The 5-HT2C receptor agonist meta-chlorophenylpiperazine (mCPP) reduces palatable food consumption and BOLD fMRI responses to food images in healthy female volunteers

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Abstract

Brain 5-HT2C receptors form part of a neural network that controls eating behaviour. 5-HT2C receptor agonists decrease food intake by activating proopiomelanocortin (POMC) neurons in the arcuate nucleus of the hypothalamus, but recent research in rodents has suggested that 5-HT2C receptor agonists may also act via dopaminergic circuitry to reduce the rewarding value of food and other reinforcers. No mechanistic studies on the effects of 5-HT2C agonists on food intake in humans have been conducted to date. The present study examined the effects of the 5-HT2C receptor agonist meta-chlorophenylpiperazine (mCPP) on food consumption, eating microstructure and Blood Oxygen Level Dependent (BOLD) functional Magnetic Resonance Imaging (fMRI) responses to food pictures in healthy female volunteers. mCPP decreased rated appetite and intake of a palatable snack eaten in the absence of hunger but had no significant effect on the consumption of a pasta lunch (although pasta eating rate was reduced). mCPP also decreased BOLD fMRI responses to the sight of food pictures in areas of reward-associated circuitry. A post-hoc analysis identified individual variability in the response to mCPP (exploratory responder-non-responder analysis). Some participants did not reduce their cookie intake after treatment with mCPP and this lack of response was associated with enhanced ratings of cookie pleasantness and enhanced baseline BOLD responses to food images in key reward and appetite circuitry. These results suggest that 5-HT2C receptor activation in humans inhibits food reward-related responding and that further investigation of stratification of responding to mCPP and other 5-HT2C receptor agonists is warranted.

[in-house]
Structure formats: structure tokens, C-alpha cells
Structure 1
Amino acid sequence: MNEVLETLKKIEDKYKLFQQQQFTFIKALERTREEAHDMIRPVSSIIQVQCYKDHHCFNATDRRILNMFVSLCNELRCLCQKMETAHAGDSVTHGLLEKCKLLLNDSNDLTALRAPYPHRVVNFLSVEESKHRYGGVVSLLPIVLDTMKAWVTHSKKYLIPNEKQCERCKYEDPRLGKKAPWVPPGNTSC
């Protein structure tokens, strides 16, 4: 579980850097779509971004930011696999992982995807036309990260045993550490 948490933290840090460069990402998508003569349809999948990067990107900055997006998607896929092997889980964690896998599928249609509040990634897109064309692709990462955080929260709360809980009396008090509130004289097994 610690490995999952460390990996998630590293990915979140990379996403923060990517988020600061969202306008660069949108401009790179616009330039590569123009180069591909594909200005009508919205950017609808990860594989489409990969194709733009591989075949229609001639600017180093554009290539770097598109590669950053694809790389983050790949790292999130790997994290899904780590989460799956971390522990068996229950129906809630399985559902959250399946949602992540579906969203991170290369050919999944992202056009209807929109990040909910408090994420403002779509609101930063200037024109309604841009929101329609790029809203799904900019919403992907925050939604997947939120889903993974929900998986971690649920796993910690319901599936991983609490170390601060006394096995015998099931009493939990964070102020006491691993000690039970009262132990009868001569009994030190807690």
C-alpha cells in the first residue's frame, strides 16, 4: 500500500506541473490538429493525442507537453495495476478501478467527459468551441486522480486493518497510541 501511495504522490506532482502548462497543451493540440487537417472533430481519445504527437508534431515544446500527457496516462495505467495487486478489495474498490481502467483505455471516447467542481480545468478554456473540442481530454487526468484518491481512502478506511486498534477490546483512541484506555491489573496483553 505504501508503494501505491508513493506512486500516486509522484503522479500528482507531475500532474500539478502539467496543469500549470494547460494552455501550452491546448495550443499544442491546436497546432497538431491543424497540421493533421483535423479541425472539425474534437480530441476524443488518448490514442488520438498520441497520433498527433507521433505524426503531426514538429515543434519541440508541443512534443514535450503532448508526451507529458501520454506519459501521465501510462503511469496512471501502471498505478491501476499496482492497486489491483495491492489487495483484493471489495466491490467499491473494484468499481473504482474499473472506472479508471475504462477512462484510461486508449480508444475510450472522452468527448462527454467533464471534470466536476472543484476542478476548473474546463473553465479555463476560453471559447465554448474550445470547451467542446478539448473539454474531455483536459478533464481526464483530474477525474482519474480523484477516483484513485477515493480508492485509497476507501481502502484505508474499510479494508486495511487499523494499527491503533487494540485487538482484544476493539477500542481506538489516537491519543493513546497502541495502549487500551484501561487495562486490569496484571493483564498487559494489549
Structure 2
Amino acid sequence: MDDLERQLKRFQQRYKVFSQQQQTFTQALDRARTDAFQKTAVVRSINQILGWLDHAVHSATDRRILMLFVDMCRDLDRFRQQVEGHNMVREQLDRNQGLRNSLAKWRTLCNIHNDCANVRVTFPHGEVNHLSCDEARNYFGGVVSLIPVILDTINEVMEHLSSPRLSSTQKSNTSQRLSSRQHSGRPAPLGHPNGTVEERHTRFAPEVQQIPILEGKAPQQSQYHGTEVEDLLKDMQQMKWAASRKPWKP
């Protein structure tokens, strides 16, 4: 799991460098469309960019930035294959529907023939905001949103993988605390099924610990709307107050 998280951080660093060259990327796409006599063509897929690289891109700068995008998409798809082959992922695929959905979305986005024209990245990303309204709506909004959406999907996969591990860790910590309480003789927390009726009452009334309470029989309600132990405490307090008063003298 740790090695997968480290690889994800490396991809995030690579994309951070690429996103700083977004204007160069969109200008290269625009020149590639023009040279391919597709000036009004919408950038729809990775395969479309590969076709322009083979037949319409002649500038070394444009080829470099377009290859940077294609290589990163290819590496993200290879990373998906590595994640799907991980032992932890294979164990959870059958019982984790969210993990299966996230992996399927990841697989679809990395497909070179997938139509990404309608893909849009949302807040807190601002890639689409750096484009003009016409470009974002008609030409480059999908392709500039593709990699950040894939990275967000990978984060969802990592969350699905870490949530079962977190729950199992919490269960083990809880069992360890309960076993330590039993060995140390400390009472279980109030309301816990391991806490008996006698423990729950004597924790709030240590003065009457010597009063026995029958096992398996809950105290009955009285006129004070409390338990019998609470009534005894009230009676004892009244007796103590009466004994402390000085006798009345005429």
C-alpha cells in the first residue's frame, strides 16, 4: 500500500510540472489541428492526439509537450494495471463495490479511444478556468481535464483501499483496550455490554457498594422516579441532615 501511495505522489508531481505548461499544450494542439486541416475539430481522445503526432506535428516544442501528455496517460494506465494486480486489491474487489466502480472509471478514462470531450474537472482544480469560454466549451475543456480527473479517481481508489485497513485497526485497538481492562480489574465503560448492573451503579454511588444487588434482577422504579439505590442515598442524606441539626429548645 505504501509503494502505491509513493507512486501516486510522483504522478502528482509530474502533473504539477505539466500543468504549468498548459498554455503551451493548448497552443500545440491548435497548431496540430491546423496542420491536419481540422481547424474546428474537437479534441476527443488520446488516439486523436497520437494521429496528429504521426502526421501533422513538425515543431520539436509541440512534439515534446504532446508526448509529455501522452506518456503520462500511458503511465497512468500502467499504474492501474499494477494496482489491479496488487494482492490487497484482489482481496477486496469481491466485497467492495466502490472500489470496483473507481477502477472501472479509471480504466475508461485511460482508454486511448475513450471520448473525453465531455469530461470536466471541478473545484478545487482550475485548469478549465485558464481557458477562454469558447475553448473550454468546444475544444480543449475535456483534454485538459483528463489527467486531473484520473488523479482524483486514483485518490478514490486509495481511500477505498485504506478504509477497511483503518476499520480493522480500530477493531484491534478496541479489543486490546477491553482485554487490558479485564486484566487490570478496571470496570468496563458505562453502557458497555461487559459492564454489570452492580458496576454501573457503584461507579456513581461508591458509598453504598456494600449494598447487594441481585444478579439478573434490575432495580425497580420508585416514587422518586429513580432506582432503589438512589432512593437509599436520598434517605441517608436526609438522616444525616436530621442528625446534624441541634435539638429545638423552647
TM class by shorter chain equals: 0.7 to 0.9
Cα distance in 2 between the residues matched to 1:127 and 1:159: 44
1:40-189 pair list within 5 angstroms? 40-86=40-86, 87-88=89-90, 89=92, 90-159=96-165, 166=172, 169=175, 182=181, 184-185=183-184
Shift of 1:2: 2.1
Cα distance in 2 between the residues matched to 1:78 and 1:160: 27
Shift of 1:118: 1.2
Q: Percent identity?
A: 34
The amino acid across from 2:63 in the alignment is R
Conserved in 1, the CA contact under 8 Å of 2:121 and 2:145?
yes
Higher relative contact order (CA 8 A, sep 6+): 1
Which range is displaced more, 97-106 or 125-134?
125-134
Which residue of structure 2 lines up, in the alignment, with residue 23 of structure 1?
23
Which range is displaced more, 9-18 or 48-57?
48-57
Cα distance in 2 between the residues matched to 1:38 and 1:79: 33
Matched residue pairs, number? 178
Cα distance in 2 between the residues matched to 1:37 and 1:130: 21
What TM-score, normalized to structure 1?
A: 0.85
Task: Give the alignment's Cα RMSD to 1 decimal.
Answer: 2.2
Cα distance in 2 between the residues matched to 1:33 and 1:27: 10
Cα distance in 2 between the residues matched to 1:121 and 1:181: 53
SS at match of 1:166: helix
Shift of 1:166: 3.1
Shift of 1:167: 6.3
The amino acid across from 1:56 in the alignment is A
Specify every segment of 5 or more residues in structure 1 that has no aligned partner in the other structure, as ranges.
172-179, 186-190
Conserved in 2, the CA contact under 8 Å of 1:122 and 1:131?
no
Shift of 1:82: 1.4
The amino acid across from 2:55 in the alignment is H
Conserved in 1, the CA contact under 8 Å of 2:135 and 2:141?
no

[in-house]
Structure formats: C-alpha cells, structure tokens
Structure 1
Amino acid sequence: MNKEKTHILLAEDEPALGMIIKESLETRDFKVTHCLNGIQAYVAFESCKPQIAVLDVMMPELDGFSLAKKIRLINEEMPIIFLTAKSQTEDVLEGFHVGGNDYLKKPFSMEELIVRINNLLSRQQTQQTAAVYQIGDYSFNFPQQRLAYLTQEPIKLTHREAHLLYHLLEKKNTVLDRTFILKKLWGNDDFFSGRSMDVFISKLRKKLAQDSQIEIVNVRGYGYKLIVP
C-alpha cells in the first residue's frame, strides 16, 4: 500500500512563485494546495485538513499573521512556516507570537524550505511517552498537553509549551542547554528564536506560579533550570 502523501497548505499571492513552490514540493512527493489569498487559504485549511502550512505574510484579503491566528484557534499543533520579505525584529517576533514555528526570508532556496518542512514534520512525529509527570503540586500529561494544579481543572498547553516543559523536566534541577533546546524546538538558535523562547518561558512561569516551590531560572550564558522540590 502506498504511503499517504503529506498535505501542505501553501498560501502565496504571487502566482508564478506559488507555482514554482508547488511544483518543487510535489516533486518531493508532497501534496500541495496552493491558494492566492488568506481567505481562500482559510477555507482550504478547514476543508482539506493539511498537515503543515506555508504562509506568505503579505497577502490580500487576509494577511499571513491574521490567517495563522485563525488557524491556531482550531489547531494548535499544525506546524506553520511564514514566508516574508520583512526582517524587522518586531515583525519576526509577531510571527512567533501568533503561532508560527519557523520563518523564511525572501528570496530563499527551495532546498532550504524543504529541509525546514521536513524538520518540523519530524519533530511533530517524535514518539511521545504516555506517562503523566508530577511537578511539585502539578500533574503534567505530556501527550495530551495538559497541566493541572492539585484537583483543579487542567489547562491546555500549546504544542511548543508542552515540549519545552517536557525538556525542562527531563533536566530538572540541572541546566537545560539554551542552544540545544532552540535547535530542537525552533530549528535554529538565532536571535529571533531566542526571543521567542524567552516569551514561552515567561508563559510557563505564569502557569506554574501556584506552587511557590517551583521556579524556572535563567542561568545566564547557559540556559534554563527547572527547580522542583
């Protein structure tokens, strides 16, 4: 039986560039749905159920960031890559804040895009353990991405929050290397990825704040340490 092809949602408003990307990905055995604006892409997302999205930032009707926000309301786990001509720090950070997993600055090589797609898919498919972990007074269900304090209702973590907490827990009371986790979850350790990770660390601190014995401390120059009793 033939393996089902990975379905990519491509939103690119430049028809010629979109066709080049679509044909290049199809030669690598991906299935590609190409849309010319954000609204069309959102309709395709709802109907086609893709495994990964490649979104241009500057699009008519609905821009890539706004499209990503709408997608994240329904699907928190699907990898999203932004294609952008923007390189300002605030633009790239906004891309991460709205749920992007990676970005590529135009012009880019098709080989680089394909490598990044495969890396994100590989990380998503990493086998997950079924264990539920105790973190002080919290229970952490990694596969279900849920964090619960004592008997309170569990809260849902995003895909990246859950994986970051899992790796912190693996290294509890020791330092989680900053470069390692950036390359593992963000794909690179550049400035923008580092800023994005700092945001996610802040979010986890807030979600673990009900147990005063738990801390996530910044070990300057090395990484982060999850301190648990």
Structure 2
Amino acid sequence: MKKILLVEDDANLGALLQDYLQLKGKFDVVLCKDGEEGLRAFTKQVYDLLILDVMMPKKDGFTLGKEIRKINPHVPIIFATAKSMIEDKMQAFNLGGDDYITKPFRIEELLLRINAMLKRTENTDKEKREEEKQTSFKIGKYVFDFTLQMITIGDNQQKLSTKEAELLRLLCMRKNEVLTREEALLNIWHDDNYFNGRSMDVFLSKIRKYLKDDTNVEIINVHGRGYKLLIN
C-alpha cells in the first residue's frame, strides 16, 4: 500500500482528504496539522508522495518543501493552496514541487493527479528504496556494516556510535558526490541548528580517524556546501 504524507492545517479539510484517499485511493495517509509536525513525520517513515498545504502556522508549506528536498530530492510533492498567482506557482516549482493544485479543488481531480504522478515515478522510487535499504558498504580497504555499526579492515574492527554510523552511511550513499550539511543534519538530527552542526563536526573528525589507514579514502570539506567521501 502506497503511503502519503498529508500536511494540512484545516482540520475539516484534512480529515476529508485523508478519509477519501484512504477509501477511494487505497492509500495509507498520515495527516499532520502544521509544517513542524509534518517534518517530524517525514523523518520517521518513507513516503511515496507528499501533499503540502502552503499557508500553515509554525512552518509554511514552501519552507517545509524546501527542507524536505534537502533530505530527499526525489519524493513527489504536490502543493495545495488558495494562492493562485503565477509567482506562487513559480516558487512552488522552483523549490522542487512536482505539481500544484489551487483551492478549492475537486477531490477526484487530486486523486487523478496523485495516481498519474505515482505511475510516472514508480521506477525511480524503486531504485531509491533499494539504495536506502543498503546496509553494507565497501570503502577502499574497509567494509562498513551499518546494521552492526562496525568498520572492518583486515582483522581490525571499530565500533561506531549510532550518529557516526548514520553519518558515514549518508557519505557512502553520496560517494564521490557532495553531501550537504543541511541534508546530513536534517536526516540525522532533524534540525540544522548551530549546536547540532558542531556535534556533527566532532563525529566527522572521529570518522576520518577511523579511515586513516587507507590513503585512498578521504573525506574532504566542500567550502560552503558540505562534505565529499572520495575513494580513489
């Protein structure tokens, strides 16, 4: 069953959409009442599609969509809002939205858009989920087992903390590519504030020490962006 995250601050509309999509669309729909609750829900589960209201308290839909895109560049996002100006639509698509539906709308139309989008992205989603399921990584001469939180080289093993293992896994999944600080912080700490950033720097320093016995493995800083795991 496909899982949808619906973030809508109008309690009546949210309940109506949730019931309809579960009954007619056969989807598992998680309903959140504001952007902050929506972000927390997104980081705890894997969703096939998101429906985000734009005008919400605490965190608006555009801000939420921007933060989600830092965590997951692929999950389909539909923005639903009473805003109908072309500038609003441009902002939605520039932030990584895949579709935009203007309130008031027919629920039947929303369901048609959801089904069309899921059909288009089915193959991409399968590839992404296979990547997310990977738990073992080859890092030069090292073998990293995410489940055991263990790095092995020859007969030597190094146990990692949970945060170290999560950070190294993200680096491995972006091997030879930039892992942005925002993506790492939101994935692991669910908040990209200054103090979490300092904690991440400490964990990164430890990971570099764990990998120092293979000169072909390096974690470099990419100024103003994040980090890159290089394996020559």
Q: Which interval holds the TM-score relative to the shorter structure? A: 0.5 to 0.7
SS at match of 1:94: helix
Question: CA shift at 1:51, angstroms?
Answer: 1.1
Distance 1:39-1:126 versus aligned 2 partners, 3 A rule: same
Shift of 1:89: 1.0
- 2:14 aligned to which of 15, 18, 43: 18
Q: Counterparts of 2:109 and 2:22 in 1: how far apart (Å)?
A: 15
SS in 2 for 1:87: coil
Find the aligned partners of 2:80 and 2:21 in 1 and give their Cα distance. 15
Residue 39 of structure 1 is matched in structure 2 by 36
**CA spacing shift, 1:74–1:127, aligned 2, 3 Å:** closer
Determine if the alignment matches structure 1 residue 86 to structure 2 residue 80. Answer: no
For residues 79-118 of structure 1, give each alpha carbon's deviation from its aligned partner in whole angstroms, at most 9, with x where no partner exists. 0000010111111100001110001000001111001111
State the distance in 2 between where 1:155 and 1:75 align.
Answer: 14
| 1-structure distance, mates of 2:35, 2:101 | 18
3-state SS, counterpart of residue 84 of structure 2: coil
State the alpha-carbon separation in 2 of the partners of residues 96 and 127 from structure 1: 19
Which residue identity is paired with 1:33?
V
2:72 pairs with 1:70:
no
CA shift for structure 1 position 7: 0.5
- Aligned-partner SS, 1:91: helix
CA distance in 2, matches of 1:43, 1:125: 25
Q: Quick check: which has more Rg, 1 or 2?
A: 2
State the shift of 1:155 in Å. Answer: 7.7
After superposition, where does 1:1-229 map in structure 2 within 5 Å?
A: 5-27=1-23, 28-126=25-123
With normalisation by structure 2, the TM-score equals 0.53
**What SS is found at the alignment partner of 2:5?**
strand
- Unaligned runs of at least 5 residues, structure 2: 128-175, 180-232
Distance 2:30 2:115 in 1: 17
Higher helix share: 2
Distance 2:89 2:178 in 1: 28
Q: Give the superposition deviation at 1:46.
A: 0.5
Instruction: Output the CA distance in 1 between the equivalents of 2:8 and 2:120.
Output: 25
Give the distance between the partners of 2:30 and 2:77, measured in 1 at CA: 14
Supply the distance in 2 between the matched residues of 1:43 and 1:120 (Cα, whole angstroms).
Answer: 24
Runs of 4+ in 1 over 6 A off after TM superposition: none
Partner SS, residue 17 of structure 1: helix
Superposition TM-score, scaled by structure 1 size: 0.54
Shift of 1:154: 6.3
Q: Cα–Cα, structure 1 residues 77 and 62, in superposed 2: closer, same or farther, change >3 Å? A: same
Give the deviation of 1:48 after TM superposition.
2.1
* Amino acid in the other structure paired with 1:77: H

Details

Original languageEnglish
Pages (from-to)257–267
JournalPsychopharmacology
Volume235
Issue number1
Early online date28 Oct 2017
Publication statusPublished - Jan 2018